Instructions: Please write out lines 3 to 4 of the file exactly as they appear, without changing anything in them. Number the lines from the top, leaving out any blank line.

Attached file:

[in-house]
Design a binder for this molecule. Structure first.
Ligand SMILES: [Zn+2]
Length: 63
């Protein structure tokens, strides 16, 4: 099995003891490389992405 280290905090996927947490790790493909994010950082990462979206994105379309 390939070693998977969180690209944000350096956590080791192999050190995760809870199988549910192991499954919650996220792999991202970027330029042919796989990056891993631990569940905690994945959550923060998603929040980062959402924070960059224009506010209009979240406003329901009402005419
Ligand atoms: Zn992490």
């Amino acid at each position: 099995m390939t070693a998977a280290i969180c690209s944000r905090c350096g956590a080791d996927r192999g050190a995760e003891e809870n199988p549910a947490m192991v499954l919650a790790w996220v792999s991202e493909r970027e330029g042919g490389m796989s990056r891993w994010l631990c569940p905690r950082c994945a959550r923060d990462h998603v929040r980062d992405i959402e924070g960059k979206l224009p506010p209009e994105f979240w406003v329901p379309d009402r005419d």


Ligand SMILES: [Zn+2]
Length: 63